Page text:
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Iraqi insurgents call election 'satanic'
BAGHDAD, Iraq -- Armed with assault rifles, a group of men in black hoods walked through parts of the insurgent stronghold of Ramadi plastering walls with election posters.
The men, who claimed to be insurgents, then raised a large banner supporting a Sunni Arab candidate. Standing next to them was a man, wearing no mask and carrying no weapon, holding up a poster for other Sunni candidates.
"Elect them for the sake of defending the rights of the Iraqi population," the first banner said. "They have pure hands," said the second.
The disaffected Sunni Arab minority could be preparing to turn out in large numbers in Thursday's general elections. Their participation offers hope that the elections could be less violent than last January's, when the insurgency threatened to attack polling stations.
No explicit threats
On Monday, Al-Qaida in Iraq and four other Islamic extremist groups denounced the parliamentary elections as a "satanic project" that violated God's law, but they stopped short of an explicit threat to attack polling stations.
U.S. officials hope that Sunni Arabs will vote in large numbers, a development that could produce a government capable of winning the trust of the Sunnis and defusing the insurgency. That would enable U.S. and other foreign troops to begin heading home next year.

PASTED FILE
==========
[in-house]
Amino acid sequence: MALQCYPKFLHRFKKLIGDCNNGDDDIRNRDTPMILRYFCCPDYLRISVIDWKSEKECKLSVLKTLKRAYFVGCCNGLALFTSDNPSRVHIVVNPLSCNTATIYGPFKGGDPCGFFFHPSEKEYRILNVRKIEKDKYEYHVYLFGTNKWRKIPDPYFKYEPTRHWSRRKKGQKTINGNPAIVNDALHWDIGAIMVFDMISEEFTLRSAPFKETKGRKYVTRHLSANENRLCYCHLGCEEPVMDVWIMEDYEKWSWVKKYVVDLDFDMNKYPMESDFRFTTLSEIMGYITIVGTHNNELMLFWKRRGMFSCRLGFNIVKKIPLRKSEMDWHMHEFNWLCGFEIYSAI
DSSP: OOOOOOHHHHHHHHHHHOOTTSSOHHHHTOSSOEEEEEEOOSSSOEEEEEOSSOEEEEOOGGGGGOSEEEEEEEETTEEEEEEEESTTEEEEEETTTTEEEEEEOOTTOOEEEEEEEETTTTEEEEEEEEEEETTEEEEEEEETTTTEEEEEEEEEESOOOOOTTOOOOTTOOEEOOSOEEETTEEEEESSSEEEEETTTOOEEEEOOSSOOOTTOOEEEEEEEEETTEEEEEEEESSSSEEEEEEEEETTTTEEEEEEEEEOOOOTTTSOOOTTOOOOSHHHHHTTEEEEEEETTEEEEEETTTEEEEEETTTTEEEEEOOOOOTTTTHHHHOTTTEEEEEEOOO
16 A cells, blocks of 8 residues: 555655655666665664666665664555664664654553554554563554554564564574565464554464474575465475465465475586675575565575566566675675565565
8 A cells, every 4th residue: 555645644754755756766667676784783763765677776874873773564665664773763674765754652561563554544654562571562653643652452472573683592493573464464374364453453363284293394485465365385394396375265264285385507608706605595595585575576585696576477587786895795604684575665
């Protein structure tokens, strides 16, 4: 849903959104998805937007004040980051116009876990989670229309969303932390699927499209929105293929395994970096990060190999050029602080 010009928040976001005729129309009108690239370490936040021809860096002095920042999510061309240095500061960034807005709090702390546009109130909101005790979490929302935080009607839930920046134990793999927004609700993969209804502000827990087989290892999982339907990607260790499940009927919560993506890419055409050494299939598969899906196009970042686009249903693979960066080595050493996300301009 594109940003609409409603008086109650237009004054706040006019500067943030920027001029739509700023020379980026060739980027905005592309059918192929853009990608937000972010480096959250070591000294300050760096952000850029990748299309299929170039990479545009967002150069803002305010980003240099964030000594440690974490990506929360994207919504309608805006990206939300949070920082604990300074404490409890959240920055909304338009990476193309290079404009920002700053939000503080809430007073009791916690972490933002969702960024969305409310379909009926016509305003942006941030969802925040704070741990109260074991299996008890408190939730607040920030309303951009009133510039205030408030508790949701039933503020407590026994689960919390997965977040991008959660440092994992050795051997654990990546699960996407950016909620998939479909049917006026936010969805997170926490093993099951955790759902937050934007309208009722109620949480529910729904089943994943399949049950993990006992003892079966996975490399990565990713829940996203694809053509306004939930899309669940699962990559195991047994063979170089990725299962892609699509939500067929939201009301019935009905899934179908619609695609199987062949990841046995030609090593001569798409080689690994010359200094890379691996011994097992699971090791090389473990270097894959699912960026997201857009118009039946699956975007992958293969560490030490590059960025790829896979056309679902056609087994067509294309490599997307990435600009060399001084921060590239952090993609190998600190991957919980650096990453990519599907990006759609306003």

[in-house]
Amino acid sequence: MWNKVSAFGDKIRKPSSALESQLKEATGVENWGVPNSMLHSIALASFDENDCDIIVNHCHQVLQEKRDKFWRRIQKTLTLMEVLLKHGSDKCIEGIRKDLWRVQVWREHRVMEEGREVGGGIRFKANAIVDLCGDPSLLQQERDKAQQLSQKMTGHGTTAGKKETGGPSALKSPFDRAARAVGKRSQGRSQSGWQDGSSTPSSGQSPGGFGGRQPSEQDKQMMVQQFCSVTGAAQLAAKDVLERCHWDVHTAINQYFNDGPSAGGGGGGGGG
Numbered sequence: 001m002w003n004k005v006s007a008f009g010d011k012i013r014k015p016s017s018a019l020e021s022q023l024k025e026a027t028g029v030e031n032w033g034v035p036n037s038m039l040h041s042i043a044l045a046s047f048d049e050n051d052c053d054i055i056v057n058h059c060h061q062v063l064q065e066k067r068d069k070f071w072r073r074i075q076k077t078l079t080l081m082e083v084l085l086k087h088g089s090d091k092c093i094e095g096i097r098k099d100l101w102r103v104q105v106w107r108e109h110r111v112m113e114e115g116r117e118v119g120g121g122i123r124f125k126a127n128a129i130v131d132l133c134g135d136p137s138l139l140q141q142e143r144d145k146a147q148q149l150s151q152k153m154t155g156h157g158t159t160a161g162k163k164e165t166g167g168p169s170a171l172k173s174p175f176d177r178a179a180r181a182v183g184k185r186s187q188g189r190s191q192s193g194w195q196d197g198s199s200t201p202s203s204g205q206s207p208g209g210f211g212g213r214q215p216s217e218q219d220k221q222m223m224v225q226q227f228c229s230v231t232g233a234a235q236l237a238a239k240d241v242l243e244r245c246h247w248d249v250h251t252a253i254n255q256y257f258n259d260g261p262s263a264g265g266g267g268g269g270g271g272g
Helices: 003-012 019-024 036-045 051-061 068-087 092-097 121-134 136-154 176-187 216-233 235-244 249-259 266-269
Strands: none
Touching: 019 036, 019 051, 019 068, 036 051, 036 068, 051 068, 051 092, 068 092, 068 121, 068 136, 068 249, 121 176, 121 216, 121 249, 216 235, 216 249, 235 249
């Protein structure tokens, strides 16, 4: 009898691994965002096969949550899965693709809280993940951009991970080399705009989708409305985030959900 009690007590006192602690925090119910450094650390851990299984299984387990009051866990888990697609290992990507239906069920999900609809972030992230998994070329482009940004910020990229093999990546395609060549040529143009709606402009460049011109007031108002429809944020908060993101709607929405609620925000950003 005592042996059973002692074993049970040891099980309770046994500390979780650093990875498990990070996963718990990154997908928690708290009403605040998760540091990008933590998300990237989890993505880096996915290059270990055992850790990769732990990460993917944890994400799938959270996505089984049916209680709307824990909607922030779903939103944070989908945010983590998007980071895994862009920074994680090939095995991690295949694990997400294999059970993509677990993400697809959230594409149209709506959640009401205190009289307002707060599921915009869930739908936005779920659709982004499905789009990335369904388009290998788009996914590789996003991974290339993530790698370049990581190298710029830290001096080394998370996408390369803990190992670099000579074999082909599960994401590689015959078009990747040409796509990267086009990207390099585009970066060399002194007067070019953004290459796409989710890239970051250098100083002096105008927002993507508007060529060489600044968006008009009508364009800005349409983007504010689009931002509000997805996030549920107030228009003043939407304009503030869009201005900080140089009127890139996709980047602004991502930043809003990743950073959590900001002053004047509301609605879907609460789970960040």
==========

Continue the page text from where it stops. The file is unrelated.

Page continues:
Despite the sound of detonations rumbling across the capital and at least 15 deaths in ongoing violence, early voting went ahead in hospitals, prisons and military bases, and President Bush offered encouraging words from Washington to Iraqi voters.
"Many Sunnis are campaigning vigorously for office this time around," Bush told an audience Monday in Philadelphia. "Many Sunni parties that opposed the constitution have registered to compete in this week's vote."
But Bush cautioned that the elections "won't be perfect."
In a rare joint statement, the five militant groups denounced the election as a "satanic project" and said that "to engage in the so-called political process" violates "the legitimate policy approved by God."